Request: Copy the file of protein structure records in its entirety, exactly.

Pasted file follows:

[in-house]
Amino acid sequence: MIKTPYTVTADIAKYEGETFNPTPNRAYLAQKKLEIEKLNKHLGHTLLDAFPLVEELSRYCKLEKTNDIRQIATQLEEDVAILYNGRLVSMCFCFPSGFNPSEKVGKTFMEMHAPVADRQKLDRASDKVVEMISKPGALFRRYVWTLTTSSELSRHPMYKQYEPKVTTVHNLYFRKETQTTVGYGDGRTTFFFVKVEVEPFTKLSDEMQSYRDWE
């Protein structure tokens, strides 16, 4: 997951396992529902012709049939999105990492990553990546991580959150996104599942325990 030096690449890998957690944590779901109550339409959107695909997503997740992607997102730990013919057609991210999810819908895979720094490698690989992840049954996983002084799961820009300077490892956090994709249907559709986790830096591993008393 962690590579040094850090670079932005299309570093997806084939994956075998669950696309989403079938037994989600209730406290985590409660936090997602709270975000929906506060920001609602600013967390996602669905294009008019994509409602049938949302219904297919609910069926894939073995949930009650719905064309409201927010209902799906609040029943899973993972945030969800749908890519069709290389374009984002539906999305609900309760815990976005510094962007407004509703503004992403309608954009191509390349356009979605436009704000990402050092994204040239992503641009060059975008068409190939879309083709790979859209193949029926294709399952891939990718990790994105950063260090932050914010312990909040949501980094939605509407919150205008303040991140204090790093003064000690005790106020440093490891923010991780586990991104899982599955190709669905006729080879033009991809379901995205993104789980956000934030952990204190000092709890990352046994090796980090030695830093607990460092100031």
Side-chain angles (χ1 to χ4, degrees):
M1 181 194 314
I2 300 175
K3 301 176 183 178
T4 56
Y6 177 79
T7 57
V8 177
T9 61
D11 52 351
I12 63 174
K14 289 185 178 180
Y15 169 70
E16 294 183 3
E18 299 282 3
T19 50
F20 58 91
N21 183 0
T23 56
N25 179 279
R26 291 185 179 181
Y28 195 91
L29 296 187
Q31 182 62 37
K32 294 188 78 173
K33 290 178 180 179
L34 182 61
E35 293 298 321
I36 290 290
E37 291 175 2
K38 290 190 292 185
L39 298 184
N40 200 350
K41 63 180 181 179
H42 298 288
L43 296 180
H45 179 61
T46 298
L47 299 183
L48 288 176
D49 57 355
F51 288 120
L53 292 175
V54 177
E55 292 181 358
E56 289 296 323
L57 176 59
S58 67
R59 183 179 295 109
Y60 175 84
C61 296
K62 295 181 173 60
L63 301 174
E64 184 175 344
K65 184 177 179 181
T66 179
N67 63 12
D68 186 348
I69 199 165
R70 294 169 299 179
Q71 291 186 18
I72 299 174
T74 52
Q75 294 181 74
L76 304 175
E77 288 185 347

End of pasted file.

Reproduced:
[in-house]
Amino acid sequence: MIKTPYTVTADIAKYEGETFNPTPNRAYLAQKKLEIEKLNKHLGHTLLDAFPLVEELSRYCKLEKTNDIRQIATQLEEDVAILYNGRLVSMCFCFPSGFNPSEKVGKTFMEMHAPVADRQKLDRASDKVVEMISKPGALFRRYVWTLTTSSELSRHPMYKQYEPKVTTVHNLYFRKETQTTVGYGDGRTTFFFVKVEVEPFTKLSDEMQSYRDWE
């Protein structure tokens, strides 16, 4: 997951396992529902012709049939999105990492990553990546991580959150996104599942325990 030096690449890998957690944590779901109550339409959107695909997503997740992607997102730990013919057609991210999810819908895979720094490698690989992840049954996983002084799961820009300077490892956090994709249907559709986790830096591993008393 962690590579040094850090670079932005299309570093997806084939994956075998669950696309989403079938037994989600209730406290985590409660936090997602709270975000929906506060920001609602600013967390996602669905294009008019994509409602049938949302219904297919609910069926894939073995949930009650719905064309409201927010209902799906609040029943899973993972945030969800749908890519069709290389374009984002539906999305609900309760815990976005510094962007407004509703503004992403309608954009191509390349356009979605436009704000990402050092994204040239992503641009060059975008068409190939879309083709790979859209193949029926294709399952891939990718990790994105950063260090932050914010312990909040949501980094939605509407919150205008303040991140204090790093003064000690005790106020440093490891923010991780586990991104899982599955190709669905006729080879033009991809379901995205993104789980956000934030952990204190000092709890990352046994090796980090030695830093607990460092100031």
Side-chain angles (χ1 to χ4, degrees):
M1 181 194 314
I2 300 175
K3 301 176 183 178
T4 56
Y6 177 79
T7 57
V8 177
T9 61
D11 52 351
I12 63 174
K14 289 185 178 180
Y15 169 70
E16 294 183 3
E18 299 282 3
T19 50
F20 58 91
N21 183 0
T23 56
N25 179 279
R26 291 185 179 181
Y28 195 91
L29 296 187
Q31 182 62 37
K32 294 188 78 173
K33 290 178 180 179
L34 182 61
E35 293 298 321
I36 290 290
E37 291 175 2
K38 290 190 292 185
L39 298 184
N40 200 350
K41 63 180 181 179
H42 298 288
L43 296 180
H45 179 61
T46 298
L47 299 183
L48 288 176
D49 57 355
F51 288 120
L53 292 175
V54 177
E55 292 181 358
E56 289 296 323
L57 176 59
S58 67
R59 183 179 295 109
Y60 175 84
C61 296
K62 295 181 173 60
L63 301 174
E64 184 175 344
K65 184 177 179 181
T66 179
N67 63 12
D68 186 348
I69 199 165
R70 294 169 299 179
Q71 291 186 18
I72 299 174
T74 52
Q75 294 181 74
L76 304 175
E77 288 185 347